A spectacular new work of art about global poverty, along with a photographic exhibition of Christian Aid’s work in poor countries, will be launched next Monday (17 January) in Southwark Cathedral at the start of a two-year-long tour of dozens of Britain’s cathedrals.
The Poverty Over tour is aimed at provoking debate about how best Christians can meet the demands of their faith by challenging poverty around the world.
Christian Aid commissioned the work of art - a sculpture of enamel and steel - from artist Mel Howse, of West Sussex. The work was paid for by a sponsor.
At its unveiling in Southwark Cathedral, the Bishop of Kingston, The Rt Rev Richard Cheetham, will lead a prayer of dedication for the cathedrals tour.
Christian Aid's Director Loretta Minghella will speak at the launch about the true nature of poverty – a lack of power – and what must be done to tackle it.
Artist Mel Howse will also be present. She said her work, resembling an eye within an eye, explored the gap between people who are living in poverty and those who are not.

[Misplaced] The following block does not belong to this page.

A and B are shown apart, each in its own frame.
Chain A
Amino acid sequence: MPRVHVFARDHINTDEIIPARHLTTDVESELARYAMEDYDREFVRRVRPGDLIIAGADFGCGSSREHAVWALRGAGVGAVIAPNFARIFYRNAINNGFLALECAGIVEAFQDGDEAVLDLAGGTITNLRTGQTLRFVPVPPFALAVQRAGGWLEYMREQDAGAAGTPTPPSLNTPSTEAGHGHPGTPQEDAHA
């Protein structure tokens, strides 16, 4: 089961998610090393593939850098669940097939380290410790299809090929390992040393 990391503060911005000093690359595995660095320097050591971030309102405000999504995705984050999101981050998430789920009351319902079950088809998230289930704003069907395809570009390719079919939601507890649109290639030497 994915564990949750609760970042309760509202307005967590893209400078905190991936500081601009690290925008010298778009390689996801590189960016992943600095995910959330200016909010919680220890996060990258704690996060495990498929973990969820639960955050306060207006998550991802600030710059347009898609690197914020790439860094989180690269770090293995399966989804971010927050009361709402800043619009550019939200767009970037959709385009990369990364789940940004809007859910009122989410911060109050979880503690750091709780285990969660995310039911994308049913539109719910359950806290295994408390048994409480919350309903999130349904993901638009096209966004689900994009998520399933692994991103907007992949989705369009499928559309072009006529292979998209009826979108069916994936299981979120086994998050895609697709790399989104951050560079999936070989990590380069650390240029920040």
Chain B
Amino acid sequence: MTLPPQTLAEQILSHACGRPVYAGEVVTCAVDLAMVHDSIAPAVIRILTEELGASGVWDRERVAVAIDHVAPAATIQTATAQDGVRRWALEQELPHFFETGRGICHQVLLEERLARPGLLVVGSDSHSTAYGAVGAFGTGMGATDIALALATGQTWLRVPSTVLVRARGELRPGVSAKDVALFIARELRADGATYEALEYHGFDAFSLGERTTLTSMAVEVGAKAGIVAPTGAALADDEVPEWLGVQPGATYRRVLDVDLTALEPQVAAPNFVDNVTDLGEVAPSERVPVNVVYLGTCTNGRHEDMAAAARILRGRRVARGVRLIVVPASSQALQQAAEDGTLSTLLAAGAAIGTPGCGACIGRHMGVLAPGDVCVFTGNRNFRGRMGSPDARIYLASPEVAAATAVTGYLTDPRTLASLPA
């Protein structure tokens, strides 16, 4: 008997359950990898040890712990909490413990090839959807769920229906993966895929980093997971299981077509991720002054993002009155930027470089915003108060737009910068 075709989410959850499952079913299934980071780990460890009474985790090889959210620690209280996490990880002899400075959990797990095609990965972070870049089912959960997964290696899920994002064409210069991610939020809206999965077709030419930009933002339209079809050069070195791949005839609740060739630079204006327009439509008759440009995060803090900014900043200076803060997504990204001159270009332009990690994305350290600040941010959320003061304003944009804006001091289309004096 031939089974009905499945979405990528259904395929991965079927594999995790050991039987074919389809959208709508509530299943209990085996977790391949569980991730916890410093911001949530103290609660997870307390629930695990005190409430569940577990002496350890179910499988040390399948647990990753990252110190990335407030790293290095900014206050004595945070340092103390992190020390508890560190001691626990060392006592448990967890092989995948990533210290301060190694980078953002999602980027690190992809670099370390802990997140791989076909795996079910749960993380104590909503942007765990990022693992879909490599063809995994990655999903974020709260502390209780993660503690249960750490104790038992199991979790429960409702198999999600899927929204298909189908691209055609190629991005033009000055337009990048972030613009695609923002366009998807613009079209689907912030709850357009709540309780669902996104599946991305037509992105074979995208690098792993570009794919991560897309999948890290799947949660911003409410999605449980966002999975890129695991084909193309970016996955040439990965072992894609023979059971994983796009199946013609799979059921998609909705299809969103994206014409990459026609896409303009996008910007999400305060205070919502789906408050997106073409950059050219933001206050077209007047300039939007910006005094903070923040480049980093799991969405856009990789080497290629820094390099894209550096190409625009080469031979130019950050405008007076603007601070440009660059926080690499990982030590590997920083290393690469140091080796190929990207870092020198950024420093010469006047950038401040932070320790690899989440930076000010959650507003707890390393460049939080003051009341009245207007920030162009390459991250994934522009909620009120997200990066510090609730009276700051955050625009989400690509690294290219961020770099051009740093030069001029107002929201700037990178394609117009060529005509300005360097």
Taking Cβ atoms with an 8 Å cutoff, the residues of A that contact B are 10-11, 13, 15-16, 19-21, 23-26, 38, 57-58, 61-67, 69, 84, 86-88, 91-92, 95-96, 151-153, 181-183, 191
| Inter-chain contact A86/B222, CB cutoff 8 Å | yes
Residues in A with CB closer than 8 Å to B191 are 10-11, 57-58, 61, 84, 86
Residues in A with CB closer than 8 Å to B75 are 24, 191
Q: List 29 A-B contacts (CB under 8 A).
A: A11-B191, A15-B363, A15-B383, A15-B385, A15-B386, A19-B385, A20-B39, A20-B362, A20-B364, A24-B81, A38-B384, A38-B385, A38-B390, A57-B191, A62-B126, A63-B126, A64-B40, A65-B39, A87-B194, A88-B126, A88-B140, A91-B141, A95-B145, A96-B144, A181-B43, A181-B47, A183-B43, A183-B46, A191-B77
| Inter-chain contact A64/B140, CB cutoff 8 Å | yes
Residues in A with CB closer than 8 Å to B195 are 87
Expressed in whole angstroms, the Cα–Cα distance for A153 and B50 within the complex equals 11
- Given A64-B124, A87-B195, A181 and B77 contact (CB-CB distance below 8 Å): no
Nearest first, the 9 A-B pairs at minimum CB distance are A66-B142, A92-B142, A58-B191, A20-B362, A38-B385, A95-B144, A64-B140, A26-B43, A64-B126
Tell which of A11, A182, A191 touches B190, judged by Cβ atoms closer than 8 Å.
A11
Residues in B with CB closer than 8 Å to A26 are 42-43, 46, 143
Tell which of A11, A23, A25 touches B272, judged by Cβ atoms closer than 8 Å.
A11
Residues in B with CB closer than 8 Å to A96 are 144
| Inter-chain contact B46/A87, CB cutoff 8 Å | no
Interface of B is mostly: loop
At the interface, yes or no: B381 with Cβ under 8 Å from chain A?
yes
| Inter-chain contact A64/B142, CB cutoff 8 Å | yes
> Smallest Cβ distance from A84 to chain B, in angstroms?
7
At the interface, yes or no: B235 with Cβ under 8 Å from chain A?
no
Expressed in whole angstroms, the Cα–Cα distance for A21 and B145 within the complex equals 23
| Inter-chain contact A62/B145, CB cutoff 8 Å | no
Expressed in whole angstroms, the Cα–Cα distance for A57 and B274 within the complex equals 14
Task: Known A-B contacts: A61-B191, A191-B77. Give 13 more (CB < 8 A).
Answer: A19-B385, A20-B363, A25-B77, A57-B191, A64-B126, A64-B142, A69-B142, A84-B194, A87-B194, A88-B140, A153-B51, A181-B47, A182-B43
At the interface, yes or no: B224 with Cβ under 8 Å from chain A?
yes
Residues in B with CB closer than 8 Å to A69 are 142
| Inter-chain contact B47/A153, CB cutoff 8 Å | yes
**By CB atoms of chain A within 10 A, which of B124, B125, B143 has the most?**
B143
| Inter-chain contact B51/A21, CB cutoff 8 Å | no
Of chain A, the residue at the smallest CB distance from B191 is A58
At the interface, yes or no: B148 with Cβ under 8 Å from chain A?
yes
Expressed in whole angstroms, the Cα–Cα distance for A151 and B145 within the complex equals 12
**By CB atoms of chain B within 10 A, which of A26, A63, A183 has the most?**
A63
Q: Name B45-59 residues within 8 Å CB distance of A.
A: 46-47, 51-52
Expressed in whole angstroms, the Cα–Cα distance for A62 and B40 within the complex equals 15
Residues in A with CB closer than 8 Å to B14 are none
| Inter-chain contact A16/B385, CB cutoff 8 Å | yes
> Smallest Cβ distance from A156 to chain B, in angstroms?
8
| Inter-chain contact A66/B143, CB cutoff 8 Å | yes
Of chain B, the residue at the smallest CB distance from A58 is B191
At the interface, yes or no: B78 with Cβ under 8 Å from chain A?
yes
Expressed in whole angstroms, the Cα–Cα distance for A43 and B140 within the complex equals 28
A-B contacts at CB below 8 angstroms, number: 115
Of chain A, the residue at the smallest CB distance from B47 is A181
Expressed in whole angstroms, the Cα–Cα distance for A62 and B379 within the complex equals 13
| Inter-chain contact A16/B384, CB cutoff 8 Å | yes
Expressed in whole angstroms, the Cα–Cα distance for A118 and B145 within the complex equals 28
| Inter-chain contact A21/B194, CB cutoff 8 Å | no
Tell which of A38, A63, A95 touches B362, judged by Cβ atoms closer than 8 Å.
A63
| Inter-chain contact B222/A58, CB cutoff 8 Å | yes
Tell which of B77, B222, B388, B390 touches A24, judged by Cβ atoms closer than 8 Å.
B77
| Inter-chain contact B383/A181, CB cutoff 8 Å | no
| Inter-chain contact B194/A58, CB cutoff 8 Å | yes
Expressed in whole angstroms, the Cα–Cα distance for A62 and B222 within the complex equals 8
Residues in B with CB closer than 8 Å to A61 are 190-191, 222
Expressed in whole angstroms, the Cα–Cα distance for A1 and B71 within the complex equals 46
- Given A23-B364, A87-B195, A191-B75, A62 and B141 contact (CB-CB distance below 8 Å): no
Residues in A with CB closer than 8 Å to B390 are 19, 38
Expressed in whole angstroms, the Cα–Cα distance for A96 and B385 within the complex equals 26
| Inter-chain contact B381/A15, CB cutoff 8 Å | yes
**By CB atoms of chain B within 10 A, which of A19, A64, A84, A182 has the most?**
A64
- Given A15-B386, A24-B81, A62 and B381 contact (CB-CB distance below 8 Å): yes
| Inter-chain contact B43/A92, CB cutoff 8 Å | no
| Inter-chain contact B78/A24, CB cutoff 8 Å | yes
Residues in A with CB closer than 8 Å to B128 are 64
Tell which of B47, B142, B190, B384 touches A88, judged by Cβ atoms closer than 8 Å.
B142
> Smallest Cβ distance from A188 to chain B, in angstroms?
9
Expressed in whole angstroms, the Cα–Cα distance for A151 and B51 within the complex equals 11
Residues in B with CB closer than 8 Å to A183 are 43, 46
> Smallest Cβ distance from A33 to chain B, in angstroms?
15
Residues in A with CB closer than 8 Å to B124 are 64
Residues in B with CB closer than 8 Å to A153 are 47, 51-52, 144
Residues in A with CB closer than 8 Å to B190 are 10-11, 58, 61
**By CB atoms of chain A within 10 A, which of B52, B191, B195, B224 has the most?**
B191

"Poverty is staring at us and can be uncomfortable to witness. But once we have seen, the challenge is to act", she said.
Ms Howse’s sculpture is based on two bowl-shaped pieces of steel, which she has embellished with coloured enamels.
Her previous work includes a stained glass window in memory of the late anti-apartheid activist Bishop Trevor Huddleston, which was dedicated to him in 2007 by Archbishop Desmond Tutu. The window is installed in Lancing College, West Sussex, where Archbishop Huddleston studied.
For more information about the work of Christian Aid visit www.christianaid.org.uk